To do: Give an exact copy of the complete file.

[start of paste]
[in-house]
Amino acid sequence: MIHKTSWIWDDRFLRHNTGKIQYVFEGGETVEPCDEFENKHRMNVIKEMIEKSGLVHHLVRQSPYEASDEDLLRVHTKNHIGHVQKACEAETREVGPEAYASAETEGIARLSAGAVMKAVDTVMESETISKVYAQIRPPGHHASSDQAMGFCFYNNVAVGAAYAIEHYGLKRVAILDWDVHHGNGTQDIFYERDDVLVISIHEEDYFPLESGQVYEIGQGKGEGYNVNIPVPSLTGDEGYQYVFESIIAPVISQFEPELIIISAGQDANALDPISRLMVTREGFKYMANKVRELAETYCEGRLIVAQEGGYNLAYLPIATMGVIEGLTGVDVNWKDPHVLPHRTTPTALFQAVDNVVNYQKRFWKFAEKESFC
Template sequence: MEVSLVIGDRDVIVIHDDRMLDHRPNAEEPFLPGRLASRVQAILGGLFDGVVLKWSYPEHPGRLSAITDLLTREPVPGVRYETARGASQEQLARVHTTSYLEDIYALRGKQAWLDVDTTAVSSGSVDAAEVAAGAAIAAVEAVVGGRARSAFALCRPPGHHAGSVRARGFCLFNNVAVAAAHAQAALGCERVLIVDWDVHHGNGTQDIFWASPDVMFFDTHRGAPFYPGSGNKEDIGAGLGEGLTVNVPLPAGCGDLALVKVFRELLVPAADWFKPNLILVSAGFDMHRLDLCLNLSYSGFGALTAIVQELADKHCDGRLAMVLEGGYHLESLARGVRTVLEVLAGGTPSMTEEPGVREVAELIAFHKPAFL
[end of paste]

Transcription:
[in-house]
Amino acid sequence: MIHKTSWIWDDRFLRHNTGKIQYVFEGGETVEPCDEFENKHRMNVIKEMIEKSGLVHHLVRQSPYEASDEDLLRVHTKNHIGHVQKACEAETREVGPEAYASAETEGIARLSAGAVMKAVDTVMESETISKVYAQIRPPGHHASSDQAMGFCFYNNVAVGAAYAIEHYGLKRVAILDWDVHHGNGTQDIFYERDDVLVISIHEEDYFPLESGQVYEIGQGKGEGYNVNIPVPSLTGDEGYQYVFESIIAPVISQFEPELIIISAGQDANALDPISRLMVTREGFKYMANKVRELAETYCEGRLIVAQEGGYNLAYLPIATMGVIEGLTGVDVNWKDPHVLPHRTTPTALFQAVDNVVNYQKRFWKFAEKESFC
Template sequence: MEVSLVIGDRDVIVIHDDRMLDHRPNAEEPFLPGRLASRVQAILGGLFDGVVLKWSYPEHPGRLSAITDLLTREPVPGVRYETARGASQEQLARVHTTSYLEDIYALRGKQAWLDVDTTAVSSGSVDAAEVAAGAAIAAVEAVVGGRARSAFALCRPPGHHAGSVRARGFCLFNNVAVAAAHAQAALGCERVLIVDWDVHHGNGTQDIFWASPDVMFFDTHRGAPFYPGSGNKEDIGAGLGEGLTVNVPLPAGCGDLALVKVFRELLVPAADWFKPNLILVSAGFDMHRLDLCLNLSYSGFGALTAIVQELADKHCDGRLAMVLEGGYHLESLARGVRTVLEVLAGGTPSMTEEPGVREVAELIAFHKPAFL